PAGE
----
Last fall, I bought a pair of Madewell jeans, easily the most expensive jeans I’ve ever purchased. They were perfect. High-rise, skinny legs, dark wash, contrast stitching, and a slight crop at the ankle. They had these “magic pockets” that made everything look smooth and sleek, not to mention some extra stretch in the cotton so I could move without feeling restricted. “Legs-for-days” was how they were advertised.
I discovered them at the back of the store on the sale rack; even still, I had to decide whether I could swing this purchase. I think my internal monologue went something like:
Hmm, they were originally $128. Now they’re marked down 20 percent. They are so comfortable. They look great on me. I’ll wear them all the time, so my cost per use is going to be low. Yes, they’re totally worth it. Okay, I’m doing it!
I handed over my card to the saleswoman, and within seconds I walked away with my first pair of designer denim.
I bought them for a price. I knew I wouldn’t be able to buy other clothes that month or even the next month. This was splurge purchase for me, and I had to make them worth it.
For 12 solid months, those jeans were totally worth it. But now, they no longer fit. It’s time time to remove them from my wardrobe and pass them on.
Maybe you could care less about jeans. Maybe you think I’m crazy for spending that much money on fashion. (And maybe I am.) But more than likely, you have saved for something at some point in your life. You’ve made a big purchase. A new iPhone. A car. Sports equipment for your kiddos.
Or maybe you’re trying to simply make it through the week, stretching every dime to keep a roof over your head, pay those bills, and put dinner on the table each night.
All these things have a cost. We buy them for a price, and we have to weigh the cost-benefit to us. What will I have to give up to purchase this? Is the price worth it?
My boyfriend shared 1 Corinthians 6 with me recently, and it really hit home as I took that pair of jeans out of my closet.
I bought those jeans for a price. That was nothing compared to what Christ did.
Jesus, himself, bought us for a price.
When we’ve repented, when we’ve recognized Him as Lord and given our lives to Him, he brings us into the fold. He doesn’t question whether we are worth it, whether we’re the right fit, whether he can find something better. He loves us, and He accepts us into His kingdom.
And when we keep sinning—and keep crying out to Him as our Savior and the only answer to our brokenness—He forgives us. His Spirit is still within us. In all our mess, our sin, and our mistakes, he doesn’t dispose of us. We are worth it. We are priceless to Him.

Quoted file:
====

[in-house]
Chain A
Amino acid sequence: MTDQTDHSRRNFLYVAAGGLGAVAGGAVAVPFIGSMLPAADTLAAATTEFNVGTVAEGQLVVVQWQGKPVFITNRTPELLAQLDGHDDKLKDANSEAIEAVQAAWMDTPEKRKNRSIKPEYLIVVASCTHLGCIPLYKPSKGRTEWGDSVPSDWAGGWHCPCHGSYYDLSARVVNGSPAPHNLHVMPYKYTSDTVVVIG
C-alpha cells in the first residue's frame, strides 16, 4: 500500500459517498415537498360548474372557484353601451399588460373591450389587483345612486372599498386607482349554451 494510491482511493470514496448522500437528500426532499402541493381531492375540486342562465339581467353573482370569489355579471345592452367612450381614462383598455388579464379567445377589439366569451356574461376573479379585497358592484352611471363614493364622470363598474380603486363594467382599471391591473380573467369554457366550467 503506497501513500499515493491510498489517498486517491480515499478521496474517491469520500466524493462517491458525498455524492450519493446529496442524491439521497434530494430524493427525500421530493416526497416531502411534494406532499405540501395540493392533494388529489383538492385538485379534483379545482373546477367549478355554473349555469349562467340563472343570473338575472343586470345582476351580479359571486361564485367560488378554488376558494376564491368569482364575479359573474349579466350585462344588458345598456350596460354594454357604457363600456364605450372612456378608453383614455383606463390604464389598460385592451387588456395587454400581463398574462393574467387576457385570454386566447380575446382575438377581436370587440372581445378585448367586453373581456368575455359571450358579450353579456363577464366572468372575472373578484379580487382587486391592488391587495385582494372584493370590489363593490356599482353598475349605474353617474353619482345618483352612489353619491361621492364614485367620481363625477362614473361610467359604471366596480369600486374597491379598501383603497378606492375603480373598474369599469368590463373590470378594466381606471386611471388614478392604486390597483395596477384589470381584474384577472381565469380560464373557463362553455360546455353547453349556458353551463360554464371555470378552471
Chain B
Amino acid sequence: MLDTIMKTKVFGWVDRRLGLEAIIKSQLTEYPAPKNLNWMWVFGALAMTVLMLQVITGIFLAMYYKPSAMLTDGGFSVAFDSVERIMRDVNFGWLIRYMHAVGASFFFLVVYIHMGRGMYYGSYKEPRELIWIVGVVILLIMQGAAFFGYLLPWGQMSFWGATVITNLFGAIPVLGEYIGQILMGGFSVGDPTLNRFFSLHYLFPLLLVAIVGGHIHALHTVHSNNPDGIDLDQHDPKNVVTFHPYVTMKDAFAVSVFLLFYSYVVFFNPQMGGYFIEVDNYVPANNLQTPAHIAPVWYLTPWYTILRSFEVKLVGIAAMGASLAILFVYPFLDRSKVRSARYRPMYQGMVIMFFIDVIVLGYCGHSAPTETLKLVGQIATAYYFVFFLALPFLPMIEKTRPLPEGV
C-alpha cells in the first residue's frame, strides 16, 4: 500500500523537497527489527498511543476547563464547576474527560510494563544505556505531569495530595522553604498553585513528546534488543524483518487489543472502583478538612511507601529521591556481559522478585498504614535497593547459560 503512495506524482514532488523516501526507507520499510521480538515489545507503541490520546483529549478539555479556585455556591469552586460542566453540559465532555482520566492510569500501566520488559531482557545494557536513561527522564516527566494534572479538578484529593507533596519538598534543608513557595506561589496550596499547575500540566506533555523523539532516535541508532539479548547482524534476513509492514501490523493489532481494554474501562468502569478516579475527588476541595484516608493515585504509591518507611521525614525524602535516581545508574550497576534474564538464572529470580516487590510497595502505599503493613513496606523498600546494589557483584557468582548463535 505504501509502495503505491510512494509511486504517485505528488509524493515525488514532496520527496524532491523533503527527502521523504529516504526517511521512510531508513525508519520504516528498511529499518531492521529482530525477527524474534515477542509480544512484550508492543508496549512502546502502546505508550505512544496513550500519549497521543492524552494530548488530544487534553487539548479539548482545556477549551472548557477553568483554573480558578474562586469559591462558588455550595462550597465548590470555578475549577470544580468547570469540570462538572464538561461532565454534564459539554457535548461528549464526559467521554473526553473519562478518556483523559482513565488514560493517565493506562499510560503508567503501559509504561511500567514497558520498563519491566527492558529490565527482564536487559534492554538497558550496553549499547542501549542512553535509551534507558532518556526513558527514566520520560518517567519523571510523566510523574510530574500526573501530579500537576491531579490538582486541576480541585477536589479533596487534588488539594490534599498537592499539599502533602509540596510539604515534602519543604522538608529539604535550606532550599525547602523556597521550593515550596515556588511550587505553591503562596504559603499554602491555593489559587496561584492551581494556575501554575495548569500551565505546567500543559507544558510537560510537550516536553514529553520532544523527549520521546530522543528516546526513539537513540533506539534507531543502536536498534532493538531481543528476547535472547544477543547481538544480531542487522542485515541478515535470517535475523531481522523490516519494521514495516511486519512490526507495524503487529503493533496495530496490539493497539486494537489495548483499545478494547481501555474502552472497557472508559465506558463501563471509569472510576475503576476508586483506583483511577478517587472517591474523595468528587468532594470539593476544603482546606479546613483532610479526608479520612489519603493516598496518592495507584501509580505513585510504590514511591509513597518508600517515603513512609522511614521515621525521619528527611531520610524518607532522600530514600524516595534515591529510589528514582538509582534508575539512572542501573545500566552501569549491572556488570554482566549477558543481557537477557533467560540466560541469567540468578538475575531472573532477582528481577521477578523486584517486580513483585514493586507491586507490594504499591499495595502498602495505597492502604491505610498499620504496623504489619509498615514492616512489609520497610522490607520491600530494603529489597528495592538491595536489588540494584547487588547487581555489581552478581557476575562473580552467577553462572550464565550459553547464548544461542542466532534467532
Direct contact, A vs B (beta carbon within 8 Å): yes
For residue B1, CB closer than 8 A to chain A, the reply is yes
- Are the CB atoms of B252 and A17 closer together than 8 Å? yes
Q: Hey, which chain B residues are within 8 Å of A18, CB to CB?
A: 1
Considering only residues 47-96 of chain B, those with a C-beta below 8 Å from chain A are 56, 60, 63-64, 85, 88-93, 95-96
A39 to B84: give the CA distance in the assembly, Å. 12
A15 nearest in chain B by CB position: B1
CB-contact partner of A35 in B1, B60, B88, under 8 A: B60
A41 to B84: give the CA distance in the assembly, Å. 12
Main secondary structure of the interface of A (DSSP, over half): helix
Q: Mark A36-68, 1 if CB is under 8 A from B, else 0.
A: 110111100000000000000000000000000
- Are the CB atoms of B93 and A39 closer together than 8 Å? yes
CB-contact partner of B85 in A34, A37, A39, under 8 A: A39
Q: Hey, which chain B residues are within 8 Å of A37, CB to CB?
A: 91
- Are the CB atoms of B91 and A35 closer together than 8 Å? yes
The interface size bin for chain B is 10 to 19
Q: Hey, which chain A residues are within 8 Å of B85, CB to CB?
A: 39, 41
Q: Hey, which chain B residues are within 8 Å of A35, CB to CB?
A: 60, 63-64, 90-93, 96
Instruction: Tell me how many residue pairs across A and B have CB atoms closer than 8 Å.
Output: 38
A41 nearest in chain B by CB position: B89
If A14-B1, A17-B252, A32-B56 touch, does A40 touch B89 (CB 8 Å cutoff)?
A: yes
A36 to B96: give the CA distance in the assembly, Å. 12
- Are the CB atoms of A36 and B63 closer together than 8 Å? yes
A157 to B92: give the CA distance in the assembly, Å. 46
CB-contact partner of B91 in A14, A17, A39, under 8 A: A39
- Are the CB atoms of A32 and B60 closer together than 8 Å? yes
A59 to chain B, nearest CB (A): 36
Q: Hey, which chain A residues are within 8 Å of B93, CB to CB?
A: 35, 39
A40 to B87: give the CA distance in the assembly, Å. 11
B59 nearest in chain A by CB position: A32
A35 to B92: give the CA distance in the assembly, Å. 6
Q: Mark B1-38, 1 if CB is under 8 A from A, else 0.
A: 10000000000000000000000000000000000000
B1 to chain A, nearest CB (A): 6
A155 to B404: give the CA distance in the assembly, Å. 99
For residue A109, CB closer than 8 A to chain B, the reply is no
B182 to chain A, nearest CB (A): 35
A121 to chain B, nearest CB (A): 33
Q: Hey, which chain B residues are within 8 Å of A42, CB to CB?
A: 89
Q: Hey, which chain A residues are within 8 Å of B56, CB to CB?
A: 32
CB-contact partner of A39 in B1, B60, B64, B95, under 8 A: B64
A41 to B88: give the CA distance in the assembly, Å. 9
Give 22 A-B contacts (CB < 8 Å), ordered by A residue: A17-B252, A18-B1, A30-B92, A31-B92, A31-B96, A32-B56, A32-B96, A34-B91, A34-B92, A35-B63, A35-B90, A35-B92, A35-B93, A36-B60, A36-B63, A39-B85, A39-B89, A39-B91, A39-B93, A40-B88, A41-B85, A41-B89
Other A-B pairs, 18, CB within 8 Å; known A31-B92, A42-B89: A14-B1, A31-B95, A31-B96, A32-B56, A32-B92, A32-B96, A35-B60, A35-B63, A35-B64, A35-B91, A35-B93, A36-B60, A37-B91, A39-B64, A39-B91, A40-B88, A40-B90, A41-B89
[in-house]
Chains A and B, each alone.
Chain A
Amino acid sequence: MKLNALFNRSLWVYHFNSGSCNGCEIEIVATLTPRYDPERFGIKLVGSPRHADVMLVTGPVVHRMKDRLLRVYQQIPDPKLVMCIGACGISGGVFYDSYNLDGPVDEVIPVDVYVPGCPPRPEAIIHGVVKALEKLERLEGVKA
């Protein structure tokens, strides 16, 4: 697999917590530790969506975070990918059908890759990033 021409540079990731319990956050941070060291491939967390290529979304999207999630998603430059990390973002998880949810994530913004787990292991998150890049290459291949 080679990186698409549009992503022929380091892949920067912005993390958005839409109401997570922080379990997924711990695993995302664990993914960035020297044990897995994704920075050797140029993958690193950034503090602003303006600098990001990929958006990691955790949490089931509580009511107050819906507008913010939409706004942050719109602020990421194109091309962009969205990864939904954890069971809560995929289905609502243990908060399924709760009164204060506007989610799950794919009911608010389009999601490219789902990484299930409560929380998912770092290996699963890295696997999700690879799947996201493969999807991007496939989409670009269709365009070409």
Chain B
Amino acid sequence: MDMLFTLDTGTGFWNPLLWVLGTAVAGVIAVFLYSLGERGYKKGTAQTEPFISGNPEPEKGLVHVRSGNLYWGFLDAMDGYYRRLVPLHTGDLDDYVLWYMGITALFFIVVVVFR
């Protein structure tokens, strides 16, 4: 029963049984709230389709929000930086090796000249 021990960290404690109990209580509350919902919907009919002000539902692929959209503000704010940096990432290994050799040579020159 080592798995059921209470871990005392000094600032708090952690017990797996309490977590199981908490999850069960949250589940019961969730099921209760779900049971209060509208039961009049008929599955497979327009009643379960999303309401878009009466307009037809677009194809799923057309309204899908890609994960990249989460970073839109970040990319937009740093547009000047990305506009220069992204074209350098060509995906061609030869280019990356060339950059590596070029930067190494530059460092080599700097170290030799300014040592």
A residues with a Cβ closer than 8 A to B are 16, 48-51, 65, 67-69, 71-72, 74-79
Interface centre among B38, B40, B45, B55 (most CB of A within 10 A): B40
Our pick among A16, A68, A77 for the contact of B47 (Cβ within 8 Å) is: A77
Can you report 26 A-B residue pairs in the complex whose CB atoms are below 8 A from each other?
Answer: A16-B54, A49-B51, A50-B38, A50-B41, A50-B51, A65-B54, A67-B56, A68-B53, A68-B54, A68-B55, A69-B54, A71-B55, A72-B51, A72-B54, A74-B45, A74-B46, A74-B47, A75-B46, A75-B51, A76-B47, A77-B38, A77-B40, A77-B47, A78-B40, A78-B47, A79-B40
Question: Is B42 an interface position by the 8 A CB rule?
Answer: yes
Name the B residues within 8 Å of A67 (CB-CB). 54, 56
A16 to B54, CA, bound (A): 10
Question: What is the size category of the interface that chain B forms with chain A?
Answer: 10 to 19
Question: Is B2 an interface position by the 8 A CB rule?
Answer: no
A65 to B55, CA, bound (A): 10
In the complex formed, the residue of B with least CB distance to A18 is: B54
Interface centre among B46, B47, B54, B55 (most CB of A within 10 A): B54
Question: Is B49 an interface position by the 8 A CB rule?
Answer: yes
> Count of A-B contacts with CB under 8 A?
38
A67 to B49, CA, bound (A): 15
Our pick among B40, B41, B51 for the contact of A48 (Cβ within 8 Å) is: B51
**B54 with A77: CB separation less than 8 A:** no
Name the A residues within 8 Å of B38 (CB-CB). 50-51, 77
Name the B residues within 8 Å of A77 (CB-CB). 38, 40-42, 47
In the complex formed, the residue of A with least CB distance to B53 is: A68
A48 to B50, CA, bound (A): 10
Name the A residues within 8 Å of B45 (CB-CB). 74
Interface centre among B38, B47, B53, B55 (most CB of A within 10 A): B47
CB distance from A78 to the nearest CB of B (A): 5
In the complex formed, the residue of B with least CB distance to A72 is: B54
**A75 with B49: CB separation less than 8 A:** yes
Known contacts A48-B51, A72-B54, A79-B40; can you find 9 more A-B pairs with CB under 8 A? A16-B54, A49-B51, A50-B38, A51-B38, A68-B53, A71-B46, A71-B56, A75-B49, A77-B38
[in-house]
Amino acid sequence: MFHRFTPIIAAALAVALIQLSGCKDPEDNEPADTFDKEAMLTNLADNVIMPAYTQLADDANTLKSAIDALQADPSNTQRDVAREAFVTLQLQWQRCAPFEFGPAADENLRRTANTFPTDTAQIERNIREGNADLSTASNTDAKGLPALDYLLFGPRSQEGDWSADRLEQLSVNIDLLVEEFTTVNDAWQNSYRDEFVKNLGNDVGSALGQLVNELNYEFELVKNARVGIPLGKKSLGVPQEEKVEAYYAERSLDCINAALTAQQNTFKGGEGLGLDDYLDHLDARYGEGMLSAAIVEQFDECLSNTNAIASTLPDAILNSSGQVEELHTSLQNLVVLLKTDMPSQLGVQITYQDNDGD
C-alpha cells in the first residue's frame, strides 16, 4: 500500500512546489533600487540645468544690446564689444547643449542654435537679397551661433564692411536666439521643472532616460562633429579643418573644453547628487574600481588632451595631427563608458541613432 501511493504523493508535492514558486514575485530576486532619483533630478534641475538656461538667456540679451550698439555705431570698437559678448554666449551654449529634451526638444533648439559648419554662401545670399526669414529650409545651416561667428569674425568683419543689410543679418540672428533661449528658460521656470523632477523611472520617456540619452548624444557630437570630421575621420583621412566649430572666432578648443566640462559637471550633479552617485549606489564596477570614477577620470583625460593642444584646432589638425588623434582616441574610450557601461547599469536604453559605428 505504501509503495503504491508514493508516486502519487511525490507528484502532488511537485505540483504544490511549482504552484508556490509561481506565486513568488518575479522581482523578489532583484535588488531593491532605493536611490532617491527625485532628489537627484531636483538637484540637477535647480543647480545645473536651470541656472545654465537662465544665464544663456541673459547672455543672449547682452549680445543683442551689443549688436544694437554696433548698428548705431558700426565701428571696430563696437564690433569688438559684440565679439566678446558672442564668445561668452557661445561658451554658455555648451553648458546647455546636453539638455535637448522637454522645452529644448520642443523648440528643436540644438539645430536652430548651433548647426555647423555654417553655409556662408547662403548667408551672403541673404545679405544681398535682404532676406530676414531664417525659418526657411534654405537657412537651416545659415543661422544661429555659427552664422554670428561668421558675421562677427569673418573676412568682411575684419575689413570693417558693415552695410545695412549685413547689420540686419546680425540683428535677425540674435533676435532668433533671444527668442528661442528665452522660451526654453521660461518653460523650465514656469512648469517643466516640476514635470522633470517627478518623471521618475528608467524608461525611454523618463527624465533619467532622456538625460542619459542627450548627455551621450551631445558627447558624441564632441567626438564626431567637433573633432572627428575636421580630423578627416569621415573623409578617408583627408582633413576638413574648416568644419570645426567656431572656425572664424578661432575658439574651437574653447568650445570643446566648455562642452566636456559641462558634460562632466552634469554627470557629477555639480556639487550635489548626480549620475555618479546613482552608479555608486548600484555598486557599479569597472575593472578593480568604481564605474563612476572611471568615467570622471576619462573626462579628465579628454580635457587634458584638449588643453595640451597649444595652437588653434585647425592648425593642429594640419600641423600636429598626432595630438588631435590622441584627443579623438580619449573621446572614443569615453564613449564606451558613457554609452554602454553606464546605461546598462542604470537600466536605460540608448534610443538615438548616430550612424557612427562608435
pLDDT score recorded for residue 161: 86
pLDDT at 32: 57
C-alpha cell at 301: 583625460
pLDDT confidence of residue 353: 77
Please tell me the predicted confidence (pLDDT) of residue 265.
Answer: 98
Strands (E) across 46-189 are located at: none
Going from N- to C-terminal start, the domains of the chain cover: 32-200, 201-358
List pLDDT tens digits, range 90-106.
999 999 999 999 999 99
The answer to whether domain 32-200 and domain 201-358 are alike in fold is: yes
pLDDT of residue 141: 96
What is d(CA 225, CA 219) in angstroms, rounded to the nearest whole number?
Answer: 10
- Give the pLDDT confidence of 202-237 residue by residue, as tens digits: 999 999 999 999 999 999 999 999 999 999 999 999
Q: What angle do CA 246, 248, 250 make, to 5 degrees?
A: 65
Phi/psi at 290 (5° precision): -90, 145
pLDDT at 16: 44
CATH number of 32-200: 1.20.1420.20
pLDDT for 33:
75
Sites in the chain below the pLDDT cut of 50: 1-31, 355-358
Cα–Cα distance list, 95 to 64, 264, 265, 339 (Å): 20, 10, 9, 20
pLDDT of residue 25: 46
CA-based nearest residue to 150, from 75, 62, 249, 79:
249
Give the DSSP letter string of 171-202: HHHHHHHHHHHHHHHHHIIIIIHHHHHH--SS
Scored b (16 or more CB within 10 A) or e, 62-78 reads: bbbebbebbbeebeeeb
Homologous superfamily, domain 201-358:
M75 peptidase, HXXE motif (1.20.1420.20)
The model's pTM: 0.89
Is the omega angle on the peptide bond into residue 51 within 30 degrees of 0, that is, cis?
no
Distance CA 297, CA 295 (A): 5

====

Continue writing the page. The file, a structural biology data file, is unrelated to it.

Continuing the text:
I’m reading through parts of the Gospels (Matthew, Mark, Luke, and John) right now, learning about Jesus’s life on this earth, as fully man and fully God. Everywhere He went, He went in peace. He spoke the truth, and He shared the light of the Father with people. He was completely devoted to the Father and fulfilling the mission God had for Him. He was perfect.
He loved us so much that He died for us, as sinners and broken people. Our sins are what nailed Him to the cross, yet He still took on the most horrible death imaginable in order to give us a way out. He gives us hope and an opportunity for life eternal through faith in Him.
Christ bought us with a price—and we are not our own.
Our bodies, our possessions, our whole lives belong to God. Thinking about what He went through in order to give us life and to entrust us with the Holy Spirit really puts things in perspective. He will never dispose of us or outgrow us like a pair of jeans. He’s not looking for the next best thing. He’s with us for the long haul.
Is He as priceless to us as that thing we saved our money for? Is He as priceless to us as we are to Him? The big question for me is whether I live like I’ve been rescued from death, purchased by the blood of Christ, and extended mercy, grace, and life eternal.
Knowing and fully understanding the fact that I am not my own helps me cast off the weight of sin. It helps us order our lives with God in His rightful place, most high.
My body is God’s; that includes the physical, emotional, and mental. When I accepted Christ as my Lord and Savior, the Holy Spirit began to dwell within me. Remembering that empowers me against temptation. God is right there within us, so it’s no wonder Satan so often tries to attack the body. Think about it: drunkenness, pornography, sexual immorality, and disordered eating and exercise seem so common. They’re sins against our own bodies and against Christ within us. And Satan is too sneaky to let the emotional and mental sins gets past him. Hate, lust, anger, jealousy, and greed are just as much of an assault on the body.
Yet we are no longer slaves to sin.
Our bodies are now members of Christ because we were bought at a price. This amazes me. Jesus paid the ultimate price for me, and He paid the ultimate price for you, my friend. That price is way more than a pair of trendy jeans that I may grow out of get tired of after a year or two.
I pray I live my life in a way that’s reflective of my being bought by the King of Kings.
We were created to live each day for Him and to glorify God with our bodies. He has us in this very moment and at this very place with great purpose. Jesus paid the price that you couldn’t in order to give you new life in Him.
What will you do with it?
If you want to talk more about Jesus Christ and faith and what-the-heck-is-all-this-stuff, shoot me a message. I love meeting new people, whether virtually or in person, and gabbing about life.
And if you'd like to know more of my story, you can read my testimony here.
Truly, He makes beautiful things.